For environments such as pharmaceutical manufacturing that require faceshields with superior chemical resistance and optical clarity, cellulosics provide great advantages. Injection-molded cellulosics (propionate) and press-polished sheet (acetate) provide exceptional chemical resistance, largely because of the material’s ability to release stress caused by chemical exposure. Because the material is press-polished after extrusion, face protection applications made with cellulosics exhibit unmatched optical clarity. Cellulosic materials also have great inherent scratch resistance.
Cellulosics enable ease of processing for anti-fog and anti-scratch coatings. Special curing processes are not necessary, and anti-fog coating materials can be sprayed directly onto the cellulosic material, reducing processing times. Applications made with cellulosics are not fit, however, for environments requiring extreme impact strength or heat resistance.
Providing average chemical and impact resistance, PETG is commonly specified for faceshields used in medical shields or in environments where there is little chance of high impact. PETG is typically an affordable option that provides good optical clarity and easier cutting abilities than PC.
As a material that can only handle minimal impact, PETG does not consistently pass ANSI regulations at thinner gauges. It does, however, provide a solid option for a variety of safety applications requiring middle-of-the-road protection.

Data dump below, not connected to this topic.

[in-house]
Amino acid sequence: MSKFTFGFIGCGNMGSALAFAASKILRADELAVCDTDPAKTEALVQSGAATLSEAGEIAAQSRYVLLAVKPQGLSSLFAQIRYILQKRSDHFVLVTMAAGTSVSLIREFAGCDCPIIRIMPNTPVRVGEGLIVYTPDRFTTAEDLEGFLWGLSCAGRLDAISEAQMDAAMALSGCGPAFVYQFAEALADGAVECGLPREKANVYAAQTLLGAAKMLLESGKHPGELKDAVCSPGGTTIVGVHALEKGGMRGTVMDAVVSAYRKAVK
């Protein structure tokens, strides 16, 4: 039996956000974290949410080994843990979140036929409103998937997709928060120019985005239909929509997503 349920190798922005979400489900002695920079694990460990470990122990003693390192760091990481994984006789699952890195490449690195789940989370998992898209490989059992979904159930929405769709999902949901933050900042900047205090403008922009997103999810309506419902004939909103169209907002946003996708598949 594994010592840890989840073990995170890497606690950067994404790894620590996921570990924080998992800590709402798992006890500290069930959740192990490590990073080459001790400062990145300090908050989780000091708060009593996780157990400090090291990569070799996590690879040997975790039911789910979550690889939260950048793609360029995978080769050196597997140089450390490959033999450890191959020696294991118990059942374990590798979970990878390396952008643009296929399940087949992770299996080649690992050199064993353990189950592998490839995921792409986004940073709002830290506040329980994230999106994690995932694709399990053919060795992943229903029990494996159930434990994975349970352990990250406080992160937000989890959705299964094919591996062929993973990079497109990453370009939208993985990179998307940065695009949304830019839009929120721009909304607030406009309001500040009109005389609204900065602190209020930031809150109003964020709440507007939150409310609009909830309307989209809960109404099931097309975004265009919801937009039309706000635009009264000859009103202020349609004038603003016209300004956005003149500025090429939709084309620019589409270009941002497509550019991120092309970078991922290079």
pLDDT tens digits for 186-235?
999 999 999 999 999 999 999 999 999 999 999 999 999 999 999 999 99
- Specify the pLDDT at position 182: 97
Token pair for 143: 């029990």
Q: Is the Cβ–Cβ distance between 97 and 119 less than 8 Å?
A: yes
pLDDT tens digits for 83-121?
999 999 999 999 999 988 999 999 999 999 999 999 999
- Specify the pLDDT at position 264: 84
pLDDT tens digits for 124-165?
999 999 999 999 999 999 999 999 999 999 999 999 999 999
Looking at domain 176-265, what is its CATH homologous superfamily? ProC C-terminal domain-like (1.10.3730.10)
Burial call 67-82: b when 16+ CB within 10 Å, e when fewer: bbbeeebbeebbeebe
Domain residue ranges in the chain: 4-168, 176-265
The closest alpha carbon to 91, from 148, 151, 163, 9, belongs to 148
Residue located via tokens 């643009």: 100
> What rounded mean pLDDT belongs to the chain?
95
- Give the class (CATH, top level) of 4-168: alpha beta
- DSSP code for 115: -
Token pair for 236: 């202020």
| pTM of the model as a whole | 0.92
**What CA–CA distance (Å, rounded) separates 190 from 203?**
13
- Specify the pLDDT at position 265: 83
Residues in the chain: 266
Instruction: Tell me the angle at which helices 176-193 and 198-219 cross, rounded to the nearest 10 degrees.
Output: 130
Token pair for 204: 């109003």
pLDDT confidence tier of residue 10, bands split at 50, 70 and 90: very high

A new-generation copolyester for use in sheet or injection-molded faceshields offers superior high-impact and great chemical resistance in one product. As with PC, this new material technology allows greater durability in face protection applications, meeting ANSI 300-feet-per-second, high-impact resistance parameters. Faceshields made of this material can be used in a wide variety of environments, including refineries and laboratories, unlike faceshields developed with the previously mentioned materials.
As exemplified in image 1, the material can also withstand assembly stress and strains - including solvent and adhesive bonding; hot or cold bending and die-punching; and drilling - without significant micro-cracking. Furthermore, parts can be molded with less residual stress than PC and without a separate annealing step, thereby saving time and money. As is the case with PETG, the new chemical- and impact-resistant copolyester is easier to cut in sheet form and has greater optical clarity than PC. Also, unlike PC, the solvent used for coating processes does not cause blushing, resulting in an overall better aesthetic appeal. The novel copolyester is not, however, resistant to high temperatures, and although it allows coating application without a primer, the overall curing process is lengthier than the curing process of PC.
Just as chemical processing and industrial grinding environments require different material characteristics for PPE, today’s PC, cellulosics, PETG and new-generation copolyesters provide various inherent strengths. Identifying the material characteristics required for each safety setting is an essential first step in selecting the ideal material for a new faceshield that keeps employees safe in the workplace.